Stalking: "You don't have to shoot someone to destroy someone"

Portretfoto Irma Cleven

In the complex dynamics of stalking, where victims often experience ongoing fear and insecurity, innovative approaches and technologies are crucial to provide protection and increase the sense of safety. A recent development that seems promising in this respect is the victim-device. Irma Cleven, PhD researcher at Erasmus School of Law, talks about the possibilities and limitations of this device in an interview with EenVandaag.

"The impact of stalking is often underestimated", explains Cleven. "People who are being stalked often feel isolated because other people do not understand the impact it has on them. But you don't have to shoot someone to destroy someone. Stalking really does destroy lives."

The fear of living outside the area with an imposed restraining order

"Victims who report to the police and are at high risk of repeated violence can be protected by a restraining order”, Cleven states. "This often occurs after reported stalking, threats or violence and in cases of violence by (ex-)partners." Earlier, Tamar Fischer, Sanne Struijk and Irma Cleven conducted research commissioned by the Ministry of Justice and Security on compliance and enforcement of these bans and their contribution to victims' sense of safety. This showed that 46 % of victims feel safer because of a restraining order. 

According to Cleven, victims feel a lot safer inside an area with an imposed restraining order because they know their stalker is not allowed in that area. "But as soon as they go outside that area, there is a chance that they will encounter that stalker; because they don't know where that person is. Especially outside the area with the restraining order, a victim-device adds value."

The victim-device

The victim device works by using GPS to track the location of both the victim and the offender, who has an ankle bracelet. The probation service receives a signal when the distance between victim and offender is less than one kilometre. There, they check how likely it is that the two will actually meet. If there is a possibility an employee of the probation service calls the victim and provides an escape route for the victim. Meanwhile, the police can be called in to remove the stalker from the area.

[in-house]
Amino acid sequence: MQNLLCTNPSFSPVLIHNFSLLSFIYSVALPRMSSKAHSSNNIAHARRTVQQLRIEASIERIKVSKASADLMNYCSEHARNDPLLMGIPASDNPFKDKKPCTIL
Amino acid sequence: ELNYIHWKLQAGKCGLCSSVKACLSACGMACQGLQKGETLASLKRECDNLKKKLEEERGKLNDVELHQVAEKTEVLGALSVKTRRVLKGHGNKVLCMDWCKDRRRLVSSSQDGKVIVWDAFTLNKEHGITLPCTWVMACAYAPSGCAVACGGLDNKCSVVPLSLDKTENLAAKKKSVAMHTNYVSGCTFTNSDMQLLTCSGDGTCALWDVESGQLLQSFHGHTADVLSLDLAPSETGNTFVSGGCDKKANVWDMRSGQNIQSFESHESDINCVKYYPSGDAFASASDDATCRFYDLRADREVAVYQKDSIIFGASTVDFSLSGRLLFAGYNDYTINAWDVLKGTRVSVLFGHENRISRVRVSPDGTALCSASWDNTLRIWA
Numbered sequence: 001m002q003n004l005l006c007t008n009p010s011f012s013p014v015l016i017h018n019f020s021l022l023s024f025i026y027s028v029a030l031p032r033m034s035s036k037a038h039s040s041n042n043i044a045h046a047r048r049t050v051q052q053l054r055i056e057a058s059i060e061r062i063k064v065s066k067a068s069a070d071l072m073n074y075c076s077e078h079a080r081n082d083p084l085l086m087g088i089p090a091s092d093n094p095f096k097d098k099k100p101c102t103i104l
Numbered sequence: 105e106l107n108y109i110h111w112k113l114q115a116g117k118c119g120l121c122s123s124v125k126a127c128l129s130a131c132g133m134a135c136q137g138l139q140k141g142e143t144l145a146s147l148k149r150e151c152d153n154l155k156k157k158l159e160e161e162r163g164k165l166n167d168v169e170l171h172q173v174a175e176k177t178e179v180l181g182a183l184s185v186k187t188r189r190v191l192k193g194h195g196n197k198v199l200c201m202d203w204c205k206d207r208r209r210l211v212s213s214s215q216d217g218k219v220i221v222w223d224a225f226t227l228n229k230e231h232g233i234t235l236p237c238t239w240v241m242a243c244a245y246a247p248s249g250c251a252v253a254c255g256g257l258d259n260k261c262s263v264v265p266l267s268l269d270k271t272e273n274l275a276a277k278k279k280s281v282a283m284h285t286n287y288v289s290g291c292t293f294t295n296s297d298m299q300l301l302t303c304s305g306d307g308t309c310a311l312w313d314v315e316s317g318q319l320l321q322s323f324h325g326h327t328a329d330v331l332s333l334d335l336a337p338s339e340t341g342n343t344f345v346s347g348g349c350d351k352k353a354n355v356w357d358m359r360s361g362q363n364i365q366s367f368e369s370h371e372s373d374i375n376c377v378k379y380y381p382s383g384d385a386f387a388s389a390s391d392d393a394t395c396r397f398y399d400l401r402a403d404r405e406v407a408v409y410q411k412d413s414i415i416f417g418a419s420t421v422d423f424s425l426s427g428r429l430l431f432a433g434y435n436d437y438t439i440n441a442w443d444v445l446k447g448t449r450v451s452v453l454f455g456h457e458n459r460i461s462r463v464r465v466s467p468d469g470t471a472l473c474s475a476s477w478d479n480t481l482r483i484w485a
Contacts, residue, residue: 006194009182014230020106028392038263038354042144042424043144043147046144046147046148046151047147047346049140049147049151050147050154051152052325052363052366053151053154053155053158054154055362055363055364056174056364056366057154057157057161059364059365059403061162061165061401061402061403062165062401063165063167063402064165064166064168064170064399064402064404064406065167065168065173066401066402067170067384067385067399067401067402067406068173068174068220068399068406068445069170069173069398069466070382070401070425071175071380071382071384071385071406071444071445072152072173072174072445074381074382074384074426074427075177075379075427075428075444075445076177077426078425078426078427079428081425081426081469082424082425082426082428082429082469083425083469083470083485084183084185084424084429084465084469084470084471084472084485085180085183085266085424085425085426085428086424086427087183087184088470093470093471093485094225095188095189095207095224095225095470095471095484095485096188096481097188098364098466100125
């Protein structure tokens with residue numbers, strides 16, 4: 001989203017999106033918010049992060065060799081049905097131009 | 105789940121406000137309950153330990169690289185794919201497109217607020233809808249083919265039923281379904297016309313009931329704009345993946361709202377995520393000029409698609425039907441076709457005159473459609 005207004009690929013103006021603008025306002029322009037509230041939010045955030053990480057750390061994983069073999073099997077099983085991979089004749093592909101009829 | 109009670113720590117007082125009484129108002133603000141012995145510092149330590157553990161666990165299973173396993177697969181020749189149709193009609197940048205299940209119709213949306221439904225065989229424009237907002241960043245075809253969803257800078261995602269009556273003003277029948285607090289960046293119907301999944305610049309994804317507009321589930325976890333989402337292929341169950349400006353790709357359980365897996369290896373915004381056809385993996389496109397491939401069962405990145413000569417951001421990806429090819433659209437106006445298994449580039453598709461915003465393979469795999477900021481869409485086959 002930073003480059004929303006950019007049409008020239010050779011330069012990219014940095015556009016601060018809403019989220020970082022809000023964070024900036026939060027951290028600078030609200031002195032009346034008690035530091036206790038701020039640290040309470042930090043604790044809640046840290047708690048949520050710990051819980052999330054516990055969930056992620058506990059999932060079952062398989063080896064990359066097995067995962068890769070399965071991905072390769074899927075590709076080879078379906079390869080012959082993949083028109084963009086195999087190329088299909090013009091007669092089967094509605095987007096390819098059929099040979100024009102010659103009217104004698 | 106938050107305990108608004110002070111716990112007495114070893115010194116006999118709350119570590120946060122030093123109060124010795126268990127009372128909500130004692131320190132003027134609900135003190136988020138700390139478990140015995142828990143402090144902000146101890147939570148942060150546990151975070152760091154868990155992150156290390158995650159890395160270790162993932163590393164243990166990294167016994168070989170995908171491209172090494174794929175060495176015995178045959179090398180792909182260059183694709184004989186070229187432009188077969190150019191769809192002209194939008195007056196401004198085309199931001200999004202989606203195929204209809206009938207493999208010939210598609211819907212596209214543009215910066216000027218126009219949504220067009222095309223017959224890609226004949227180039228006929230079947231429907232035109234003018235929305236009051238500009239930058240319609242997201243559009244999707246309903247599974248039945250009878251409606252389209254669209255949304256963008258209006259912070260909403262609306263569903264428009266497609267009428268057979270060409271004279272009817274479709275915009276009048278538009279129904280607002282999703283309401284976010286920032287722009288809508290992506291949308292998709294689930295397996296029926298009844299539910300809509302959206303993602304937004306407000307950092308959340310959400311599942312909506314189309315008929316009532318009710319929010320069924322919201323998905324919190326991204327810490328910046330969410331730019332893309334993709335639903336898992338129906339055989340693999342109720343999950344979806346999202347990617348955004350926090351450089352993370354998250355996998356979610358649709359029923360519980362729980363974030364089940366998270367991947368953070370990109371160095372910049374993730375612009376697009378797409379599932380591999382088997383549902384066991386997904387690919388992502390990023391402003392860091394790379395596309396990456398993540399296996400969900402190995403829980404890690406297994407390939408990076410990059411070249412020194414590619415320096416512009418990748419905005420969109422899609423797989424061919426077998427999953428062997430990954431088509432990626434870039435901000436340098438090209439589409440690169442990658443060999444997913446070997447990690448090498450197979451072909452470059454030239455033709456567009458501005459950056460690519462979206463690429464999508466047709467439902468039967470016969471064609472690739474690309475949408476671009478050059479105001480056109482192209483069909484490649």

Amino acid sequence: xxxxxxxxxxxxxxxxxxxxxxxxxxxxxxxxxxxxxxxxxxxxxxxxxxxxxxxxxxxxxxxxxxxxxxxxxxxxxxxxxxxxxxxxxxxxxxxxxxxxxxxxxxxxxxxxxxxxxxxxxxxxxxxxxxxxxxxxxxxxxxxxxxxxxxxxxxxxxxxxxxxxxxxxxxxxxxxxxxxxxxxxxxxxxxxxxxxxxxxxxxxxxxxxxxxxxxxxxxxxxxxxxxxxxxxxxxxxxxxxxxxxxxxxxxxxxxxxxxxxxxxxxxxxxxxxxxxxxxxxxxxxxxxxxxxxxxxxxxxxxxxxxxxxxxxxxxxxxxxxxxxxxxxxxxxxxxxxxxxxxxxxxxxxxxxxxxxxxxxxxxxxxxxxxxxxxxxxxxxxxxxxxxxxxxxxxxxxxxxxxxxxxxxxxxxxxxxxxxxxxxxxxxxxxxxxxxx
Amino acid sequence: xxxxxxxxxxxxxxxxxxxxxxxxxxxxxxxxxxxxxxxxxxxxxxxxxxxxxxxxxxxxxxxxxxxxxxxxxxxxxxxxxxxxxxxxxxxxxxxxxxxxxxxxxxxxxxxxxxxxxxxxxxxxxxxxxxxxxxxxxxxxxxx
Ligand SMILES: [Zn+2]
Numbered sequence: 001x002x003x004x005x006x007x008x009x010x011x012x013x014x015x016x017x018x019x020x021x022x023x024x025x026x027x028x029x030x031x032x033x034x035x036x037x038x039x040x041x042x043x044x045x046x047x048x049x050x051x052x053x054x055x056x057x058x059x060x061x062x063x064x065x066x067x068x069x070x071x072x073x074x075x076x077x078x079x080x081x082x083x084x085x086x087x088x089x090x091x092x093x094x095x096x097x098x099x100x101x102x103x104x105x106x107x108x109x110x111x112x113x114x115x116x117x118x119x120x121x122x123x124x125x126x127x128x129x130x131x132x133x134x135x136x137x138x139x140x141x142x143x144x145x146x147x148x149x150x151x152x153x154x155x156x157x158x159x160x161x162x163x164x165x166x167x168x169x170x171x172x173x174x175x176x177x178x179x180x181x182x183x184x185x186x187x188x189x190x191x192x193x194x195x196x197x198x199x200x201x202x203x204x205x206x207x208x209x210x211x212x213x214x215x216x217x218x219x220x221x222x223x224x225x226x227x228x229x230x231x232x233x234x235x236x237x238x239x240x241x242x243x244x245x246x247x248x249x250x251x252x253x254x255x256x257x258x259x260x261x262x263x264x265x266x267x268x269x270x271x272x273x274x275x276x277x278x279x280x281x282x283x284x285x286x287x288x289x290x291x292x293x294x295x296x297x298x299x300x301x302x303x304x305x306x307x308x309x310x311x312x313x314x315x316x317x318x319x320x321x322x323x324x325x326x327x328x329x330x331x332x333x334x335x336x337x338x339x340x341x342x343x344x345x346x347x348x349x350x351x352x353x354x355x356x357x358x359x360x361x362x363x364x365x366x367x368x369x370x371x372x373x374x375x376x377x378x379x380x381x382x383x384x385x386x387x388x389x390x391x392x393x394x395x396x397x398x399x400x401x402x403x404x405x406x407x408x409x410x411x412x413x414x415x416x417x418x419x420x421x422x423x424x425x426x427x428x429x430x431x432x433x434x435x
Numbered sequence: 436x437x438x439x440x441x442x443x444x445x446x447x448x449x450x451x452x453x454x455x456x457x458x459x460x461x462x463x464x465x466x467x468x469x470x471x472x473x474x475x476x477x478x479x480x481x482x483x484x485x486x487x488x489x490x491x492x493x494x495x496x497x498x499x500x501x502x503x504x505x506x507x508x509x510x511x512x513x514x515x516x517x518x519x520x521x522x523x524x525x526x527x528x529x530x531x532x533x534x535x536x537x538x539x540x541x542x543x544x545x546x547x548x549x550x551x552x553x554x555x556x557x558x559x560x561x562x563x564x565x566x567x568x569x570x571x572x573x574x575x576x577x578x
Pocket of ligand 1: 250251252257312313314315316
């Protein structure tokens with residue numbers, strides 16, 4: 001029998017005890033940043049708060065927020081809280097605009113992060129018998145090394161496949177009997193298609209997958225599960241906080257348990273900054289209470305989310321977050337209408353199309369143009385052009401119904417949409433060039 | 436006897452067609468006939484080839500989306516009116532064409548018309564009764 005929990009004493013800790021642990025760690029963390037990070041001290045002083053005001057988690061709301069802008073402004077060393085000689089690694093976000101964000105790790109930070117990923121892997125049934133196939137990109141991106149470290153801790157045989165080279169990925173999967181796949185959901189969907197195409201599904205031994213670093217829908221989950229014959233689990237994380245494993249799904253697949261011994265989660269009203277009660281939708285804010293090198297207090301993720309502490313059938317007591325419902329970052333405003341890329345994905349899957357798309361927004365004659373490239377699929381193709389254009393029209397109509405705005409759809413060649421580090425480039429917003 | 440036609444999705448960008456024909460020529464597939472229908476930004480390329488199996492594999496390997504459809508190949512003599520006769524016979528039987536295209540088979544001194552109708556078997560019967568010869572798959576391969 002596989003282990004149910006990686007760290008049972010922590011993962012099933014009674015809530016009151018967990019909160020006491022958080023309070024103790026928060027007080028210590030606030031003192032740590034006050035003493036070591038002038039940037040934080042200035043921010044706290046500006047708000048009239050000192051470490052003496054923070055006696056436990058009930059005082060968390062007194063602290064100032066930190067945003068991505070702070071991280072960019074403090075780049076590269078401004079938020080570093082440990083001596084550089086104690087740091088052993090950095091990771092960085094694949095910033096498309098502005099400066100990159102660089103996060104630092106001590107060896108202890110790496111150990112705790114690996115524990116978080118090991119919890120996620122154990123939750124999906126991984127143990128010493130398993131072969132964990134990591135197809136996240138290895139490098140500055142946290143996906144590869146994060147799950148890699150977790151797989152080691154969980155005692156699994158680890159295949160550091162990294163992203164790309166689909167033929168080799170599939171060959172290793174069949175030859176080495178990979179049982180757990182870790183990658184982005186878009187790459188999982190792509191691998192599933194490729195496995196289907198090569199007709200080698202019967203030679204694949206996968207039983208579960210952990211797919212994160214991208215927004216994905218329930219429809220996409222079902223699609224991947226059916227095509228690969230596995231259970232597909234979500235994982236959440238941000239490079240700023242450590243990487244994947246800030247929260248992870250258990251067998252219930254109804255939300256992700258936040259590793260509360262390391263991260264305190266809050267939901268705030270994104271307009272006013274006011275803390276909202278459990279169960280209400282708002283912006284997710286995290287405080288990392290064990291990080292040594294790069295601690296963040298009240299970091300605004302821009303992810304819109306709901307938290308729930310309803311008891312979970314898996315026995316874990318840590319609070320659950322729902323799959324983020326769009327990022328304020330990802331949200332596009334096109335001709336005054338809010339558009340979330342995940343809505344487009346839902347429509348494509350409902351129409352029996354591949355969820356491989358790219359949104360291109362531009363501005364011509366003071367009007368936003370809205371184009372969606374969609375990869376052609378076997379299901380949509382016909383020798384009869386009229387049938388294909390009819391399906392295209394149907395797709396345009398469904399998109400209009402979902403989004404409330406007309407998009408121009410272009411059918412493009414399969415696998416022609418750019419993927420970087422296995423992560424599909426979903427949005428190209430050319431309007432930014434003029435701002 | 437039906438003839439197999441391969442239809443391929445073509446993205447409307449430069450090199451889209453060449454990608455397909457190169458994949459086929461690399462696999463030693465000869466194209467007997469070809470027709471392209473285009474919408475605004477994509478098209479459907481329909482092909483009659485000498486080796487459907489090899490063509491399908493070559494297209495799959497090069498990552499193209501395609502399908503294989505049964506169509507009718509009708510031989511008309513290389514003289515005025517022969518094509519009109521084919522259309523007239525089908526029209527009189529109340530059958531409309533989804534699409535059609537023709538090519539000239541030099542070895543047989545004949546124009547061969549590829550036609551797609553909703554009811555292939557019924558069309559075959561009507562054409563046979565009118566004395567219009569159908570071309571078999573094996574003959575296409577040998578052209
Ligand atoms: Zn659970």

According to Cleven, the device can bring peace of mind to people who are being stalked. "Victims are constantly thinking about how to avoid their stalker. That's exhausting. They always live with the fear of coming face to face with their stalker. This tool ensures that they can move freely and safely even outside of areas with a restraining order." The participants who tested the device indicated that it gives them peace and space Cleven talks about: "You always remain cautious and alert, but it provides space to reshape life outside the scope of an area with a restraining order."

Limited implementation

Despite the promising aspects of the victim-device, there are still limitations to its optimal deployment. One is the limited implementation of the device, as its use is currently linked to the ankle bracelet of the suspect or offender. Research by Cleven, Tamar Fischer and Sanne Struijk shows that ankle bracelets were imposed in only 5 per cent of cases with area bans between July 2015 and December 2017.

A coordinated approach is the only solution

Thus, the victim-device cannot be deployed in all cases. In addition, Cleven stresses that more than merely deploying a device is needed to tackle this urgent problem. The case of Hümeyra, where poor communication and lack of police coordination led to tragic consequences, highlights the importance of a coordinated approach to stalking.

Hümeyra case
On 18 December 2018, Hümeyra was murdered by her ex in the bicycle storage of her high school. For months, he had stalked and threatened her. Hümeyra reported the crime several times, but not enough was done about it. After the murder, the inspectorate came out with a report that stated that the authorities had failed to assess the situation correctly and protect Hümeyra.

There is often not one police officer who acts as coordinating contact regarding stalking. "That was not the case with Hümeyra either”, Cleven stresses. "She kept getting stuck with individual police officers who were not well informed about the case and therefore did not know how to assess that urgency and proportionality." Meanwhile, a big improvement has been made in Rotterdam and for stalking cases, there is now a police officer who acts as a coordinating contact person. "These measures have a lot of added value and will increase security. I don't think we should rely solely on a victim-device when it comes to improving the coordinated approach to stalking”, according to Cleven.

PhD student
More information

Watch the entire video from EenVandaag here (in Dutch).
Read the full research report Enforcement and safety in criminal contact, location and area bans to protect victims here.

Compare @count study programme

  • @title

    • Duration: @duration
Compare study programmes